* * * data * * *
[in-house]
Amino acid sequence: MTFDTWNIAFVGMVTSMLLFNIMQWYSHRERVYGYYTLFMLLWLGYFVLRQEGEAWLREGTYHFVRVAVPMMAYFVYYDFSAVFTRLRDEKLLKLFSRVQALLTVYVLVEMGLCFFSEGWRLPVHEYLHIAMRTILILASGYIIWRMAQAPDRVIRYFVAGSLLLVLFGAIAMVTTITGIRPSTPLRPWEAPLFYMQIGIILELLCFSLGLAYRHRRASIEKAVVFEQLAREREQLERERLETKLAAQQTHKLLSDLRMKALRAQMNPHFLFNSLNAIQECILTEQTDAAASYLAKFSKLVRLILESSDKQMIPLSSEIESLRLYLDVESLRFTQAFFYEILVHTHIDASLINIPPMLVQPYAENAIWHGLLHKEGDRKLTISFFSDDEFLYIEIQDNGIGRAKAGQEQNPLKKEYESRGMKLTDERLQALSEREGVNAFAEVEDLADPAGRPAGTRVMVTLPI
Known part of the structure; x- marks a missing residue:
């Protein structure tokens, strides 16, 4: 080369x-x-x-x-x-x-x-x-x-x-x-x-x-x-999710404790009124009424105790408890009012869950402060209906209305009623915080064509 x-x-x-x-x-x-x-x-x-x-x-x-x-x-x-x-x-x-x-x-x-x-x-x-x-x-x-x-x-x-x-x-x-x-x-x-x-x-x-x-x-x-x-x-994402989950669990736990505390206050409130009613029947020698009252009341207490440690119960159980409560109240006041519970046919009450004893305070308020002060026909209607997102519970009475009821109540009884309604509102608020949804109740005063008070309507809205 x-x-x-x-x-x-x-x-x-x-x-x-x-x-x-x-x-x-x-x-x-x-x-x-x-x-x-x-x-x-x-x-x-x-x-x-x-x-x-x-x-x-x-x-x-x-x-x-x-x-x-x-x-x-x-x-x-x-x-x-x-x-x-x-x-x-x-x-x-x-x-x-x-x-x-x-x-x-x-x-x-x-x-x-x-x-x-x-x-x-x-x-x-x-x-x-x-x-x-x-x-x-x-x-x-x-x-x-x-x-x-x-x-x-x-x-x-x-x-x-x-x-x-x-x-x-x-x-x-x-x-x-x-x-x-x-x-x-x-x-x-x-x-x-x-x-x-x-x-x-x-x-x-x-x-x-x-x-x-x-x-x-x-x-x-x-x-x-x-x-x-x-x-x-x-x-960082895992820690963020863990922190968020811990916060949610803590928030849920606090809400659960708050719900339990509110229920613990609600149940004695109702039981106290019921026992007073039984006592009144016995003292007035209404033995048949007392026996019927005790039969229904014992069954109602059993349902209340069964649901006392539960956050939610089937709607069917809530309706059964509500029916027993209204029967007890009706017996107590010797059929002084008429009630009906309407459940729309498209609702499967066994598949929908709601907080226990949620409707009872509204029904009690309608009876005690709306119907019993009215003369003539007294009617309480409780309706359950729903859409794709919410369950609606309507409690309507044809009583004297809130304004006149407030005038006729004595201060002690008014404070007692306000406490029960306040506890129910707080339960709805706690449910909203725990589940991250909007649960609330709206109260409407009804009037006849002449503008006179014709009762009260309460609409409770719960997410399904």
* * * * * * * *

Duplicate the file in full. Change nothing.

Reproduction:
[in-house]
Amino acid sequence: MTFDTWNIAFVGMVTSMLLFNIMQWYSHRERVYGYYTLFMLLWLGYFVLRQEGEAWLREGTYHFVRVAVPMMAYFVYYDFSAVFTRLRDEKLLKLFSRVQALLTVYVLVEMGLCFFSEGWRLPVHEYLHIAMRTILILASGYIIWRMAQAPDRVIRYFVAGSLLLVLFGAIAMVTTITGIRPSTPLRPWEAPLFYMQIGIILELLCFSLGLAYRHRRASIEKAVVFEQLAREREQLERERLETKLAAQQTHKLLSDLRMKALRAQMNPHFLFNSLNAIQECILTEQTDAAASYLAKFSKLVRLILESSDKQMIPLSSEIESLRLYLDVESLRFTQAFFYEILVHTHIDASLINIPPMLVQPYAENAIWHGLLHKEGDRKLTISFFSDDEFLYIEIQDNGIGRAKAGQEQNPLKKEYESRGMKLTDERLQALSEREGVNAFAEVEDLADPAGRPAGTRVMVTLPI
Known part of the structure; x- marks a missing residue:
């Protein structure tokens, strides 16, 4: 080369x-x-x-x-x-x-x-x-x-x-x-x-x-x-999710404790009124009424105790408890009012869950402060209906209305009623915080064509 x-x-x-x-x-x-x-x-x-x-x-x-x-x-x-x-x-x-x-x-x-x-x-x-x-x-x-x-x-x-x-x-x-x-x-x-x-x-x-x-x-x-x-x-994402989950669990736990505390206050409130009613029947020698009252009341207490440690119960159980409560109240006041519970046919009450004893305070308020002060026909209607997102519970009475009821109540009884309604509102608020949804109740005063008070309507809205 x-x-x-x-x-x-x-x-x-x-x-x-x-x-x-x-x-x-x-x-x-x-x-x-x-x-x-x-x-x-x-x-x-x-x-x-x-x-x-x-x-x-x-x-x-x-x-x-x-x-x-x-x-x-x-x-x-x-x-x-x-x-x-x-x-x-x-x-x-x-x-x-x-x-x-x-x-x-x-x-x-x-x-x-x-x-x-x-x-x-x-x-x-x-x-x-x-x-x-x-x-x-x-x-x-x-x-x-x-x-x-x-x-x-x-x-x-x-x-x-x-x-x-x-x-x-x-x-x-x-x-x-x-x-x-x-x-x-x-x-x-x-x-x-x-x-x-x-x-x-x-x-x-x-x-x-x-x-x-x-x-x-x-x-x-x-x-x-x-x-x-x-x-x-x-x-960082895992820690963020863990922190968020811990916060949610803590928030849920606090809400659960708050719900339990509110229920613990609600149940004695109702039981106290019921026992007073039984006592009144016995003292007035209404033995048949007392026996019927005790039969229904014992069954109602059993349902209340069964649901006392539960956050939610089937709607069917809530309706059964509500029916027993209204029967007890009706017996107590010797059929002084008429009630009906309407459940729309498209609702499967066994598949929908709601907080226990949620409707009872509204029904009690309608009876005690709306119907019993009215003369003539007294009617309480409780309706359950729903859409794709919410369950609606309507409690309507044809009583004297809130304004006149407030005038006729004595201060002690008014404070007692306000406490029960306040506890129910707080339960709805706690449910909203725990589940991250909007649960609330709206109260409407009804009037006849002449503008006179014709009762009260309460609409409770719960997410399904």